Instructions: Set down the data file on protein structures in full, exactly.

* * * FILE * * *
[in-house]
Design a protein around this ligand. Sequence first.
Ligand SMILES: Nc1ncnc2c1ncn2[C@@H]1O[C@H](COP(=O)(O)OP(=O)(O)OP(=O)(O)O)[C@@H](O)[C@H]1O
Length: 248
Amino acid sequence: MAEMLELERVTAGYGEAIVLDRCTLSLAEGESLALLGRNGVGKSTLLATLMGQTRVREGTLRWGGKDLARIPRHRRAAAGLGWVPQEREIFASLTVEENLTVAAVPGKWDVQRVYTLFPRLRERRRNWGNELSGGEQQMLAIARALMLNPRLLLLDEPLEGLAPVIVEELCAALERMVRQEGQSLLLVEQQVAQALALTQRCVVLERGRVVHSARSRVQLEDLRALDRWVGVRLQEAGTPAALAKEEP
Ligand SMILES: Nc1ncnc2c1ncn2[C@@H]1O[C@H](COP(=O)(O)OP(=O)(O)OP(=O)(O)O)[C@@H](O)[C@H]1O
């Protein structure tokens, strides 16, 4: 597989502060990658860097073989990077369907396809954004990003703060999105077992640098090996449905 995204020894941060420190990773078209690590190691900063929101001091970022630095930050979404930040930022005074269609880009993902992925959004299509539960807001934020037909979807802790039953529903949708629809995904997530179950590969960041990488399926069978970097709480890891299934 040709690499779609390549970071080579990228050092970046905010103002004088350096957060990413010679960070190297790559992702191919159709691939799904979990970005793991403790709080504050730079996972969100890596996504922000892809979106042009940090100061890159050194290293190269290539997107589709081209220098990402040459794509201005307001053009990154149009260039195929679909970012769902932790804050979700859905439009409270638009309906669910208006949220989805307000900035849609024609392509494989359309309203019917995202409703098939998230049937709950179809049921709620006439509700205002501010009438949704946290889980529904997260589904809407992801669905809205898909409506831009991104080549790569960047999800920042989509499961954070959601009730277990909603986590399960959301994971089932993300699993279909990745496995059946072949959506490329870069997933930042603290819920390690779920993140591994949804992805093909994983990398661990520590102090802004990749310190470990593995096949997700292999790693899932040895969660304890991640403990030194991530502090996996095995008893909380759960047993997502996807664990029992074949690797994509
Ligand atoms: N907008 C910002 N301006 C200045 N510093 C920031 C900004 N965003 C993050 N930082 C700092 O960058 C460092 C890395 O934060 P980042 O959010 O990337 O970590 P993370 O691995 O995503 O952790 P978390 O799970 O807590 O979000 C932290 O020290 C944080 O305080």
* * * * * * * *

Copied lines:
[in-house]
Design a protein around this ligand. Sequence first.
Ligand SMILES: Nc1ncnc2c1ncn2[C@@H]1O[C@H](COP(=O)(O)OP(=O)(O)OP(=O)(O)O)[C@@H](O)[C@H]1O
Length: 248
Amino acid sequence: MAEMLELERVTAGYGEAIVLDRCTLSLAEGESLALLGRNGVGKSTLLATLMGQTRVREGTLRWGGKDLARIPRHRRAAAGLGWVPQEREIFASLTVEENLTVAAVPGKWDVQRVYTLFPRLRERRRNWGNELSGGEQQMLAIARALMLNPRLLLLDEPLEGLAPVIVEELCAALERMVRQEGQSLLLVEQQVAQALALTQRCVVLERGRVVHSARSRVQLEDLRALDRWVGVRLQEAGTPAALAKEEP
Ligand SMILES: Nc1ncnc2c1ncn2[C@@H]1O[C@H](COP(=O)(O)OP(=O)(O)OP(=O)(O)O)[C@@H](O)[C@H]1O
């Protein structure tokens, strides 16, 4: 597989502060990658860097073989990077369907396809954004990003703060999105077992640098090996449905 995204020894941060420190990773078209690590190691900063929101001091970022630095930050979404930040930022005074269609880009993902992925959004299509539960807001934020037909979807802790039953529903949708629809995904997530179950590969960041990488399926069978970097709480890891299934 040709690499779609390549970071080579990228050092970046905010103002004088350096957060990413010679960070190297790559992702191919159709691939799904979990970005793991403790709080504050730079996972969100890596996504922000892809979106042009940090100061890159050194290293190269290539997107589709081209220098990402040459794509201005307001053009990154149009260039195929679909970012769902932790804050979700859905439009409270638009309906669910208006949220989805307000900035849609024609392509494989359309309203019917995202409703098939998230049937709950179809049921709620006439509700205002501010009438949704946290889980529904997260589904809407992801669905809205898909409506831009991104080549790569960047999800920042989509499961954070959601009730277990909603986590399960959301994971089932993300699993279909990745496995059946072949959506490329870069997933930042603290819920390690779920993140591994949804992805093909994983990398661990520590102090802004990749310190470990593995096949997700292999790693899932040895969660304890991640403990030194991530502090996996095995008893909380759960047993997502996807664990029992074949690797994509
Ligand atoms: N907008 C910002 N301006 C200045 N510093 C920031 C900004 N965003 C993050 N930082 C700092 O960058 C460092 C890395 O934060 P980042 O959010 O990337 O970590 P993370 O691995 O995503 O952790 P978390 O799970 O807590 O979000 C932290 O020290 C944080 O305080």